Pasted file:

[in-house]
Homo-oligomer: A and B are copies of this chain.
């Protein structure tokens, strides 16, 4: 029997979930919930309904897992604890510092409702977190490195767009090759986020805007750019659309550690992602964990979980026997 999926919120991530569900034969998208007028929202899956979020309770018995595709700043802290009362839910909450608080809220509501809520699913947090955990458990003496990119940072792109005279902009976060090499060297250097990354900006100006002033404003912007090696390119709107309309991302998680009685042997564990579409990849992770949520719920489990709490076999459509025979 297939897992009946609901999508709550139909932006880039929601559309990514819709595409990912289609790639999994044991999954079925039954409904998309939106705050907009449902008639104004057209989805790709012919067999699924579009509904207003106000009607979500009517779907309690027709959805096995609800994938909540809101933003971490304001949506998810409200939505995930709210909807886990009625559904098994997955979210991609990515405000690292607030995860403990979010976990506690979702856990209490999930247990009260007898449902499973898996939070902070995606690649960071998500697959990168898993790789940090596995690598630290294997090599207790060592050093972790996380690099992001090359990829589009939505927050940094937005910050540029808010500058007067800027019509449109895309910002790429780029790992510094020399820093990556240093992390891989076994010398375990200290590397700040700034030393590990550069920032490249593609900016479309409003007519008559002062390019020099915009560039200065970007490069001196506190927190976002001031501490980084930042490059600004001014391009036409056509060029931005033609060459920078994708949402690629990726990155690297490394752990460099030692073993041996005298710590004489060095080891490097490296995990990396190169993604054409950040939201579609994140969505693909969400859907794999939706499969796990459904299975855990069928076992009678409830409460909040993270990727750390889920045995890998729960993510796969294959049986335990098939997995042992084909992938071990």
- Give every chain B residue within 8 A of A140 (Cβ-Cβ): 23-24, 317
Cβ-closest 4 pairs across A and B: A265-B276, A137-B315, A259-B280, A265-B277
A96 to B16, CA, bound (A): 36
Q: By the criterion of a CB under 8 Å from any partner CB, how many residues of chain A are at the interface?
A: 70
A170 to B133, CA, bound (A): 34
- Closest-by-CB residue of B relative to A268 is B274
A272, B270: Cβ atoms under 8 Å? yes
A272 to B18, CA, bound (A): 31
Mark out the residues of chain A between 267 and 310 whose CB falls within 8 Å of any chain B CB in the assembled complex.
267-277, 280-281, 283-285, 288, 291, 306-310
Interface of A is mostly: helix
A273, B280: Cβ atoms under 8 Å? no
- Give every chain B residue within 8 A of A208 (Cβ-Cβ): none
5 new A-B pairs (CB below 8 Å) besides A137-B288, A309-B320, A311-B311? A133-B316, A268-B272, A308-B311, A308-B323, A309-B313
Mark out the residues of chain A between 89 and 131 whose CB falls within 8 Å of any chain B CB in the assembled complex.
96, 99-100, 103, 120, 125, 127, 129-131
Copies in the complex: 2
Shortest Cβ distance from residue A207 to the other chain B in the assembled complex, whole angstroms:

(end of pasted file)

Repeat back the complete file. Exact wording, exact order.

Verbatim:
[in-house]
Homo-oligomer: A and B are copies of this chain.
């Protein structure tokens, strides 16, 4: 029997979930919930309904897992604890510092409702977190490195767009090759986020805007750019659309550690992602964990979980026997 999926919120991530569900034969998208007028929202899956979020309770018995595709700043802290009362839910909450608080809220509501809520699913947090955990458990003496990119940072792109005279902009976060090499060297250097990354900006100006002033404003912007090696390119709107309309991302998680009685042997564990579409990849992770949520719920489990709490076999459509025979 297939897992009946609901999508709550139909932006880039929601559309990514819709595409990912289609790639999994044991999954079925039954409904998309939106705050907009449902008639104004057209989805790709012919067999699924579009509904207003106000009607979500009517779907309690027709959805096995609800994938909540809101933003971490304001949506998810409200939505995930709210909807886990009625559904098994997955979210991609990515405000690292607030995860403990979010976990506690979702856990209490999930247990009260007898449902499973898996939070902070995606690649960071998500697959990168898993790789940090596995690598630290294997090599207790060592050093972790996380690099992001090359990829589009939505927050940094937005910050540029808010500058007067800027019509449109895309910002790429780029790992510094020399820093990556240093992390891989076994010398375990200290590397700040700034030393590990550069920032490249593609900016479309409003007519008559002062390019020099915009560039200065970007490069001196506190927190976002001031501490980084930042490059600004001014391009036409056509060029931005033609060459920078994708949402690629990726990155690297490394752990460099030692073993041996005298710590004489060095080891490097490296995990990396190169993604054409950040939201579609994140969505693909969400859907794999939706499969796990459904299975855990069928076992009678409830409460909040993270990727750390889920045995890998729960993510796969294959049986335990098939997995042992084909992938071990």
- Give every chain B residue within 8 A of A140 (Cβ-Cβ): 23-24, 317
Cβ-closest 4 pairs across A and B: A265-B276, A137-B315, A259-B280, A265-B277
A96 to B16, CA, bound (A): 36
Q: By the criterion of a CB under 8 Å from any partner CB, how many residues of chain A are at the interface?
A: 70
A170 to B133, CA, bound (A): 34
- Closest-by-CB residue of B relative to A268 is B274
A272, B270: Cβ atoms under 8 Å? yes
A272 to B18, CA, bound (A): 31
Mark out the residues of chain A between 267 and 310 whose CB falls within 8 Å of any chain B CB in the assembled complex.
267-277, 280-281, 283-285, 288, 291, 306-310
Interface of A is mostly: helix
A273, B280: Cβ atoms under 8 Å? no
- Give every chain B residue within 8 A of A208 (Cβ-Cβ): none
5 new A-B pairs (CB below 8 Å) besides A137-B288, A309-B320, A311-B311? A133-B316, A268-B272, A308-B311, A308-B323, A309-B313
Mark out the residues of chain A between 89 and 131 whose CB falls within 8 Å of any chain B CB in the assembled complex.
96, 99-100, 103, 120, 125, 127, 129-131
Copies in the complex: 2
Shortest Cβ distance from residue A207 to the other chain B in the assembled complex, whole angstroms: